For the past 16 years, the Saltman Center for Conflict Resolution at the UNLV William S. Boyd School of Law has championed the advantages of alternative dispute resolution through scholarship, teaching, and public service. And from the very beginning, the center’s driving force has been Founding Director—and Michael and Sonja Saltman Professor of Law—Jean Sternlight.
With Sternlight at the wheel, the Saltman Center has simultaneously experienced tremendous growth—at a time when lawyering has become more about settling differences outside of the courtroom—and gained immense national respect. So much so that this year, U.S. News & World Report ranked the Saltman Center fifth on its annual list of dispute resolution programs.
It’s a milestone worth celebrating, which Sternlight did … by deciding to hand over the Saltman Center’s wheel to her co-pilot and fellow Boyd Law Professor Lydia Nussbaum. As the Saltman Center’s new director, Nussbaum’s chief task is rather simple—in theory, at least: Sustain her predecessor’s vision by making sure the Saltman Center remains a trusted resource for all who have an interest in and/or can benefit from alternative dispute resolution (ADR).
“I feel like someone has given me the keys to a very fancy sports car, and I’m just trying to make sure I don’t race over speed bumps or scrape the curb when I’m parallel parking,” says Nussbaum, who took over for Sternlight in July after serving as the Saltman Center’s Associate Director since arriving at Boyd in 2013. “Really, my main objective is to continue our positive momentum.”
While ADR practices such as negotiation, mediation, and arbitration have been around for decades, they became increasingly popular around the time the Saltman Center was founded in 2003. Recognizing the trend, Sternlight developed a program that provided Boyd students with critical institutional knowledge about dispute resolution, while also enlightening the community.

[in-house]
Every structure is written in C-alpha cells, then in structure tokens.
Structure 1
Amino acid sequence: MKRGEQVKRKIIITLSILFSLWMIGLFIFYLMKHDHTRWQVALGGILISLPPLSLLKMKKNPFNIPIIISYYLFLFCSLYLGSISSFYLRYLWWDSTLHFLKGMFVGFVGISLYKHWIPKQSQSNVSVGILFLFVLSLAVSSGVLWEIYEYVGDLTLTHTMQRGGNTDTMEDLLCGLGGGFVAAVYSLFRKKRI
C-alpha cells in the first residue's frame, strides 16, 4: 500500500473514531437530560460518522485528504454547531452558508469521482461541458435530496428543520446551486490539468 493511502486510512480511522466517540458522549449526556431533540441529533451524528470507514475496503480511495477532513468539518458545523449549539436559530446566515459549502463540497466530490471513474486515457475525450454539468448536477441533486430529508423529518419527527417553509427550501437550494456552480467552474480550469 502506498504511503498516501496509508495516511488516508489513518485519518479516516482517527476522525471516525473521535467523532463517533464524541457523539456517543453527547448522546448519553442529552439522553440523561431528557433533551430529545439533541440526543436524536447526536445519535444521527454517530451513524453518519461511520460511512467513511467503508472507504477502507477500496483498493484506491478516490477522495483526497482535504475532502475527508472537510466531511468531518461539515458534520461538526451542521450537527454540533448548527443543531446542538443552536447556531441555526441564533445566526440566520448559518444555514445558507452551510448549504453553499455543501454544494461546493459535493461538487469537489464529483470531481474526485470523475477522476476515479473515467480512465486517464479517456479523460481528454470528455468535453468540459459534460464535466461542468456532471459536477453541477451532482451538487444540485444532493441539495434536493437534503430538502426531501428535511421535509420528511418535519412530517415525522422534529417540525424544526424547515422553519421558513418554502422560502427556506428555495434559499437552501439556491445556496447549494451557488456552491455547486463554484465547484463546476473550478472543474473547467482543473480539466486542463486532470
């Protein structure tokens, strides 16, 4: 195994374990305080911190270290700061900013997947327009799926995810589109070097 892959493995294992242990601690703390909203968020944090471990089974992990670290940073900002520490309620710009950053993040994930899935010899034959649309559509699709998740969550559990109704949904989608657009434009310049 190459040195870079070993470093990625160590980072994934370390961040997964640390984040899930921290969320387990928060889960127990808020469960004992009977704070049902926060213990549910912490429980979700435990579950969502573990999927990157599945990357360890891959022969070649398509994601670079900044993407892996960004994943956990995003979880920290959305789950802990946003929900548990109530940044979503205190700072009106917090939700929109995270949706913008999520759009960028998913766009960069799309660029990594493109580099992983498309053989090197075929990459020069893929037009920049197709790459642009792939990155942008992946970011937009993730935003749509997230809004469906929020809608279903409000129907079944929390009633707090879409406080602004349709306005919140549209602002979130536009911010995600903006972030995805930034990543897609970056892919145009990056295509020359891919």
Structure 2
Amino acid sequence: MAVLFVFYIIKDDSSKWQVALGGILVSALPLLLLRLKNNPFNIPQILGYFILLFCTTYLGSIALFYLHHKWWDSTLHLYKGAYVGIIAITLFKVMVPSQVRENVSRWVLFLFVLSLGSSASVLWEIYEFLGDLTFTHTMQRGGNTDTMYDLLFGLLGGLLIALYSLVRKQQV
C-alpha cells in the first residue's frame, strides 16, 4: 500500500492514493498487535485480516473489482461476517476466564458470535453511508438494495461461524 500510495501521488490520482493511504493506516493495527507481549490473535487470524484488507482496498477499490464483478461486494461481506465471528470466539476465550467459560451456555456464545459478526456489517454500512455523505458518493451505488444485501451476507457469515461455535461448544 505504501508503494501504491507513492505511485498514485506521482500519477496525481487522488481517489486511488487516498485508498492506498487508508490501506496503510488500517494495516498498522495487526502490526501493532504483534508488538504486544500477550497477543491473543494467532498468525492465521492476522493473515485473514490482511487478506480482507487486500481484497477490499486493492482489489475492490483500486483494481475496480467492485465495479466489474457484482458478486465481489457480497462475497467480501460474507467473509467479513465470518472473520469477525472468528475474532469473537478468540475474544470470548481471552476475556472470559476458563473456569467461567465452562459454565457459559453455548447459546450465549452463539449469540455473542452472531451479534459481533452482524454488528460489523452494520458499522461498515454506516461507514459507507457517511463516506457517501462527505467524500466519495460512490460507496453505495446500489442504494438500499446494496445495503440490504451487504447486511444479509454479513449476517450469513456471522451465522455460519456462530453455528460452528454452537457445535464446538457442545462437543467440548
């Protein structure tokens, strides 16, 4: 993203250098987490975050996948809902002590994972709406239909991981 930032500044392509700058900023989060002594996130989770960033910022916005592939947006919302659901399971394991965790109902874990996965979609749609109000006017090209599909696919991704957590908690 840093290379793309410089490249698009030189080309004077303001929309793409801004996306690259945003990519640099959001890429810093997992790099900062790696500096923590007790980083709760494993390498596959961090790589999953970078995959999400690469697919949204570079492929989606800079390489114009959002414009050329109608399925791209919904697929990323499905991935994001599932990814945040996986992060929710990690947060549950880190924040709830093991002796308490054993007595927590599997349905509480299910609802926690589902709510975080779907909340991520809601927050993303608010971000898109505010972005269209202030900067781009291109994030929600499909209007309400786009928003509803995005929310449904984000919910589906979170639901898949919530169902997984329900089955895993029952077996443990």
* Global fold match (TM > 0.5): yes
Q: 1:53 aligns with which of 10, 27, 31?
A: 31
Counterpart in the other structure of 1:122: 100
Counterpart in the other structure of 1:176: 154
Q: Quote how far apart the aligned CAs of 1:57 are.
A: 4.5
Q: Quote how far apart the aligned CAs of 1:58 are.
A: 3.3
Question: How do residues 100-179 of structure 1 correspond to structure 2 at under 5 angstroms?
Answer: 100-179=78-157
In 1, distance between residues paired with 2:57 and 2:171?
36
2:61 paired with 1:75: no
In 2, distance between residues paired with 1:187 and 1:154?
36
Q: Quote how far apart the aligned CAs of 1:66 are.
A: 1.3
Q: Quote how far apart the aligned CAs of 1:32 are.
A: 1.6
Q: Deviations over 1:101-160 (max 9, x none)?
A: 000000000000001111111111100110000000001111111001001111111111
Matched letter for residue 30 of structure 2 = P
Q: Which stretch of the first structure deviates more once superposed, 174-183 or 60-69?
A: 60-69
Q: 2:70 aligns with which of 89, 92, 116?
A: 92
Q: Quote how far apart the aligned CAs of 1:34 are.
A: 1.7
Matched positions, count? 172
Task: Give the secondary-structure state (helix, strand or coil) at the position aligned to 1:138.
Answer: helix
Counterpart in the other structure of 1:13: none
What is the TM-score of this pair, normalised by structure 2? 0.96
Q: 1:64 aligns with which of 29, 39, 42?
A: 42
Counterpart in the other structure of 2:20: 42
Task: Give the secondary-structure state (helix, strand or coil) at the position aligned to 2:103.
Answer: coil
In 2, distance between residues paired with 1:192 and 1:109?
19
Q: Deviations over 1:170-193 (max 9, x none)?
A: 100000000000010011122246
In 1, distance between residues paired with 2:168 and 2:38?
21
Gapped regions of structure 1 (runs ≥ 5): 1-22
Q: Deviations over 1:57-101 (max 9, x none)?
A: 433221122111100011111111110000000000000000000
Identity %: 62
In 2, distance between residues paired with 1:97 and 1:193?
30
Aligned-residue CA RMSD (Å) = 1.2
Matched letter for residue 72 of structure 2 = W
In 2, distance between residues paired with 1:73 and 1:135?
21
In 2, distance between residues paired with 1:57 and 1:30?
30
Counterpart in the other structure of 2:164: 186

“My primary goals were to educate our students effectively regarding the broad range of conflict resolution tools and to host events that would educate not only our students but also broader communities about how conflict resolution can make this world a better place,” she says. “With huge help from donors Michael and Sonja Saltman, multiple law school deans, and enthusiastic law faculty, I’m very proud of our work on both fronts.”
Now it’s up to Nussbaum to build on that work. One way she intends to do that is to continue fostering a strong curriculum that exposes students to the idea that lawyers, as much as anything, are problem solvers. “That means offering lots of classes and opportunities to develop skills, but also to think creatively about problem-solving,” she says. “It also means trying to bridge the gap between traditionalist law school curriculum and the practical skills students will need when they go out and practice law.”
Another Saltman Center tradition that will prevail under Nussbaum’s leadership is regularly welcoming guest speakers for community lectures on relevant ADR topics. One such lecture, titled “Decriminalizing Domestic Violence,” will be presented February 27 by Leigh Goodmark, a professor at the University of Maryland’s King Carey School of Law. A week later on March 5, the annual Chris Beecroft Jr. Lecture will feature University of Pittsburgh School of Law Professor Pat Chew, who will address the lack of diversity among arbitrators, an issue that gained national prominence last year in a case involving rap artist Jay-Z.
Nussbaum—who also serves as Director of the law school’s Mediation Clinic—certainly has added a lot to her plate by taking over the Saltman Center. But she has at least one fan who has zero doubt she’s up to the task.
“I’m absolutely thrilled that Lydia has taken over the position,” Sternlight says. “Her strong knowledge of the [ADR] field, her talents as a communicator, her enthusiasm, and her people skills have already strengthened our program immeasurably both within and outside of Nevada. I can’t wait to see where her new ideas and energy take us.”
The good news for Nussbaum? Sternlight is still a full-time professor who will remain involved with the Saltman Center, meaning Nussbaum won’t have far to turn if she needs some advice. “I’ll make sure Jean’s sitting in the passenger seat with the GPS, just in case I need directions on where to go.”